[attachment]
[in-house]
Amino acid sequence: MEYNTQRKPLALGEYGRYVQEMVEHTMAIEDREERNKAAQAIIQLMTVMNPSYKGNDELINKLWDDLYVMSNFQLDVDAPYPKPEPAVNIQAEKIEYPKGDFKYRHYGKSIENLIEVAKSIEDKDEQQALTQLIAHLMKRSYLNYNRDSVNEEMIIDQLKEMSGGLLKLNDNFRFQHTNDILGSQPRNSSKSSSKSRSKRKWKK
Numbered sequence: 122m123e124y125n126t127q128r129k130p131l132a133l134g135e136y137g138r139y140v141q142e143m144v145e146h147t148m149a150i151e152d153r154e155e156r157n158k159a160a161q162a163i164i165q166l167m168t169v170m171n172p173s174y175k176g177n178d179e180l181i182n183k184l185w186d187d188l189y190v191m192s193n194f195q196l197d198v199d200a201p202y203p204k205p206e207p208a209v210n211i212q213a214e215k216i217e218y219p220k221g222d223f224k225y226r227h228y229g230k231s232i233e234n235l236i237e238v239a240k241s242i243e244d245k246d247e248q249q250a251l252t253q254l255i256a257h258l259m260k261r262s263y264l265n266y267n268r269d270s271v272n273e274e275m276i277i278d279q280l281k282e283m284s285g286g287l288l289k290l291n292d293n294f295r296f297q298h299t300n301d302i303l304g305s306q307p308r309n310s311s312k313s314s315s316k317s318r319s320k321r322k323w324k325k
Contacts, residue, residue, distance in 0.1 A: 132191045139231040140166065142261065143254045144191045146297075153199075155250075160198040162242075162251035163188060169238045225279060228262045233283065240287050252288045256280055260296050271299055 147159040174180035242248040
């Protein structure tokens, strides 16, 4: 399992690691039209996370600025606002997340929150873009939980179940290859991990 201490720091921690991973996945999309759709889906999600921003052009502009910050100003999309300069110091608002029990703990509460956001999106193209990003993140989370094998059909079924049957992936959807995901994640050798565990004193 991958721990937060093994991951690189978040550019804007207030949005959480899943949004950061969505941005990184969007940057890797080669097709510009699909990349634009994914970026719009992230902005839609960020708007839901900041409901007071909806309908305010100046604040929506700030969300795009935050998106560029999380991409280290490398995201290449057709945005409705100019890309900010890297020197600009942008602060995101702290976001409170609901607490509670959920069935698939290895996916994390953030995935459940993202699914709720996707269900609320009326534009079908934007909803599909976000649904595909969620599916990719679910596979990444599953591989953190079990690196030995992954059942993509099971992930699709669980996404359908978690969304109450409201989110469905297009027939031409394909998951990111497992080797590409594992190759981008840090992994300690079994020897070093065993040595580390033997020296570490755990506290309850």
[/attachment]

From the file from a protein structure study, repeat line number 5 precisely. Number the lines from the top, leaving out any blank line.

């Protein structure tokens, strides 16, 4: 399992690691039209996370600025606002997340929150873009939980179940290859991990 201490720091921690991973996945999309759709889906999600921003052009502009910050100003999309300069110091608002029990703990509460956001999106193209990003993140989370094998059909079924049957992936959807995901994640050798565990004193 991958721990937060093994991951690189978040550019804007207030949005959480899943949004950061969505941005990184969007940057890797080669097709510009699909990349634009994914970026719009992230902005839609960020708007839901900041409901007071909806309908305010100046604040929506700030969300795009935050998106560029999380991409280290490398995201290449057709945005409705100019890309900010890297020197600009942008602060995101702290976001409170609901607490509670959920069935698939290895996916994390953030995935459940993202699914709720996707269900609320009326534009079908934007909803599909976000649904595909969620599916990719679910596979990444599953591989953190079990690196030995992954059942993509099971992930699709669980996404359908978690969304109450409201989110469905297009027939031409394909998951990111497992080797590409594992190759981008840090992994300690079994020897070093065993040595580390033997020296570490755990506290309850």